Nurturing Good Work

I thank my God every time I remember you, constantly praying with joy in every one of my prayers for all of you, because of your sharing in the gospel from the first day until now. I am confident of this, that the one who began a good work among you will bring it to completion by the day of Jesus Christ.

– St. Paul’s letter to the Church in Philippi (Phil 1:3-6)

What a year this has been. I am so thankful as I consider the great blessing that God has given to us in our worship and our fellowship, in our learning and growing and ministry together. It’s been close to five years since we began this adventure together.

It was a really hard year. Losing SB this past May was one of the most painful experiences of our congregation’s life together. My heart swelled with gratitude as I witnessed the outpouring of support and care that the congregation gave to B and to one another in those days that followed. I am especially grateful for KW’s compassionate care for the congregation during her pulpit supply the Sunday after. Anyone who watches the video of that service witnesses the depth of community that is here in our midst. Healing takes time – but it always involves leaning on one another and trusting in the one who is always near to the brokenhearted, who heals those crushed in spirit (Ps 34:18). With sadness we also said goodbye to MN in January and JN in December, two beautiful Acworth souls who are sorely missed.

One of the things I most appreciate about our worship is the practice of giving space to both joys and concerns. I have been to services where joys and concerns are invited all at once and so often the concerns drown out the joys. The truth of our life together as a congregation and as individual people is that we are simultaneously joyful and grieving. To not give voice to joy is as damaging to our spirits as it is when we deny all grief. St. Paul’s admonition to the church in Rome is as simple as it is profound: “Rejoice with those who rejoice, weep with those who weep” (Rom 12:15). To do so is to open ourselves to the fullness of our embodied lives before God and others. This is freedom, to love and be loved, all in the openhearted presence Christ who makes all things new.

It was the day before J’s Memorial Service after a full Sunday of worship, Youth Group, and Holden Evening Prayer, that R and I stood in the parsonage watching the pregnancy test turn positive. The next morning, before we gathered to say goodbye to J, I walked around the Common, the Library, and the Acworth School ground, welling up with tears as I remembered and imagined this place again as it was for me as a child. Life has a way of coming to us in profound “boths.” Both sorrow and joy. Both death and new life. And it is at the heart of our faith to hold these both as truths at the core of our life in Christ. It has been a year of loss, it has been a year of new life.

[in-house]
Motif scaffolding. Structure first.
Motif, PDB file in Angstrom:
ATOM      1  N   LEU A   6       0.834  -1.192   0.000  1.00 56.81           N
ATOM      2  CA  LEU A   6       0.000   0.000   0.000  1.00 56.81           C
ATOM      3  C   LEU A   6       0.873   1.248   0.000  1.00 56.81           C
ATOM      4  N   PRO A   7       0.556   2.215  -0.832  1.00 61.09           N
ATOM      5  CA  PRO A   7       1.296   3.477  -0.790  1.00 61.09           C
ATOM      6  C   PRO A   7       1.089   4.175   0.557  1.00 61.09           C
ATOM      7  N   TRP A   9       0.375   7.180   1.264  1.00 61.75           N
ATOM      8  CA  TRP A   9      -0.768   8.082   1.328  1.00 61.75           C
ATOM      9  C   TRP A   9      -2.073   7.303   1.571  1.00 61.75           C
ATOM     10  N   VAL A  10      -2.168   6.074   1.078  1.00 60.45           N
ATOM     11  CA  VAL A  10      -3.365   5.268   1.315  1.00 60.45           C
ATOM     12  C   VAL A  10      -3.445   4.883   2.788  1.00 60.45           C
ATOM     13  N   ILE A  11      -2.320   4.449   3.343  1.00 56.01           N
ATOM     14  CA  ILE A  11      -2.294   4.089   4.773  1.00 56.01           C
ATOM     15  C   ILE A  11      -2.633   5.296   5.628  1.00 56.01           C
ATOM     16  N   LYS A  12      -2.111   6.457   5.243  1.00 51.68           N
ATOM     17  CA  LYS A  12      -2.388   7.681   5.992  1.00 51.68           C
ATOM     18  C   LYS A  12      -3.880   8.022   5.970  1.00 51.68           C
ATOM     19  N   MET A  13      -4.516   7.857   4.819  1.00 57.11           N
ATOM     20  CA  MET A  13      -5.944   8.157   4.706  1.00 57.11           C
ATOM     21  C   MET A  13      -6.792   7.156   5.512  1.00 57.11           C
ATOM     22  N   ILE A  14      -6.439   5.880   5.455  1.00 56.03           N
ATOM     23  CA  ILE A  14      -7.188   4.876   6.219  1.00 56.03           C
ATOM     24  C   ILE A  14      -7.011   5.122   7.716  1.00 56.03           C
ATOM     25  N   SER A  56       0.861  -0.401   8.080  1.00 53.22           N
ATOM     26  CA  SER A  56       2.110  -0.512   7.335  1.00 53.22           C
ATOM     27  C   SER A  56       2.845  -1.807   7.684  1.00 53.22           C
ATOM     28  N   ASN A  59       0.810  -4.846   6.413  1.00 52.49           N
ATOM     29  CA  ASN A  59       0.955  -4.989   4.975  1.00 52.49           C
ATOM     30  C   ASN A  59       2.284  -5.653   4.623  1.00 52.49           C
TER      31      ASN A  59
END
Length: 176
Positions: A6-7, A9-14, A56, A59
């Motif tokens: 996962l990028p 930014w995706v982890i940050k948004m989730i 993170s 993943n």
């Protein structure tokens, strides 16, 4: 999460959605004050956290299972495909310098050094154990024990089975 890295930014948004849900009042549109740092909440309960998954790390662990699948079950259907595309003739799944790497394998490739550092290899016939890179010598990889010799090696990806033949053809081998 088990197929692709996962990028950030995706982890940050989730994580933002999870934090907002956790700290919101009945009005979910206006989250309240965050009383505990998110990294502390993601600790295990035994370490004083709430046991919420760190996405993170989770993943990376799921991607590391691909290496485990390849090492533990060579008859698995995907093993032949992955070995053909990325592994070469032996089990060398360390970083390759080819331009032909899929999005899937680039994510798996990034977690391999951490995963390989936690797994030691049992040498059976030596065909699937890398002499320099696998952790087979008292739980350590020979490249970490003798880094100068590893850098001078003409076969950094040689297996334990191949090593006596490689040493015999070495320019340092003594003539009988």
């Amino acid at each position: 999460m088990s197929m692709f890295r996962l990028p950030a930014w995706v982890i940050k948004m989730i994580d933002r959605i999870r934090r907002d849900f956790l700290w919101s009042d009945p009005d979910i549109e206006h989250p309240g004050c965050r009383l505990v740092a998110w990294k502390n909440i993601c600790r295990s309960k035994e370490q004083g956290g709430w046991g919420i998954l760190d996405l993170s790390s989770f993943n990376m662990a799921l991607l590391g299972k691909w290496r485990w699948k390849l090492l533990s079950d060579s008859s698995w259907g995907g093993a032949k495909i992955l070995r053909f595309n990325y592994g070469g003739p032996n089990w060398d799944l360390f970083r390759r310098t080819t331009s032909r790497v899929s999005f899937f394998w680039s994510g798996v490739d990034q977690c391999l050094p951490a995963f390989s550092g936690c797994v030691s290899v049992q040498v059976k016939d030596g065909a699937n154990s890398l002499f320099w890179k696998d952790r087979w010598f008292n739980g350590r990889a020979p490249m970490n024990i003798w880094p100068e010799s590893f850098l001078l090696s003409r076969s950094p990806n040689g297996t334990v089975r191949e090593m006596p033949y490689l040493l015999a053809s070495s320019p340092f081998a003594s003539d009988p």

It has been a joy to welcome new friends into our community and experience the gift of their presence with us. It was wonderful to witness the congregation’s openhearted reception of baby GG’s presence in our Sunday morning gathering. LG remarked to me last fall, “It’s good being at a church that not only doesn’t mind a noisy, busy baby, but rejoices in her being there.” It makes me happy to know that I can expect a similar delight and care for our son this coming year. It’s been a blessing to welcome L, KW, F, and DS and their many and various contributions to our community have been a blessing to our life together.

I had a blast leading the Youth Group with a number of new volunteer helpers. Between our kick-off at the Captain Woodbury Guesthouse, collecting apples, making, and drinking cider, to our last session of the year hiking Gates Mtn. and making pizzas together in the kitchen of the Church on the Hill, we had lots of fun, leaf-raking, caroling, hanging out and playing games, and talking together about important issues of faith and life. We explored issues of the relationships between religions, of the importance of the legacy of the Civil Rights movement and its basis in deep spiritual conviction, and the importance of Pentecost for teaching us the global and intercultural scope of God’s love, singing songs together from many languages, and putting on a Pentecost potluck to mark that feast and the birthday of the church.

Last summer, I invited MLH to play her ukulele with me on Sunday mornings and over the course of this past year, the band has grown and grown. We still play one song every Sunday, usually at the end of the service, and we have been joined by JL singing and playing the djembe, KW on guitar and vocals, JG on harmonica and djembe, RE on vocals and fiddle, DS on flute, vocals, and piano, and BD on vocals, various percussion instruments, and a train whistle! It has been a joy to practice every week with a group of spirited musicians and as I write this we’re planning to perform this Friday at the Community Potluck Supper.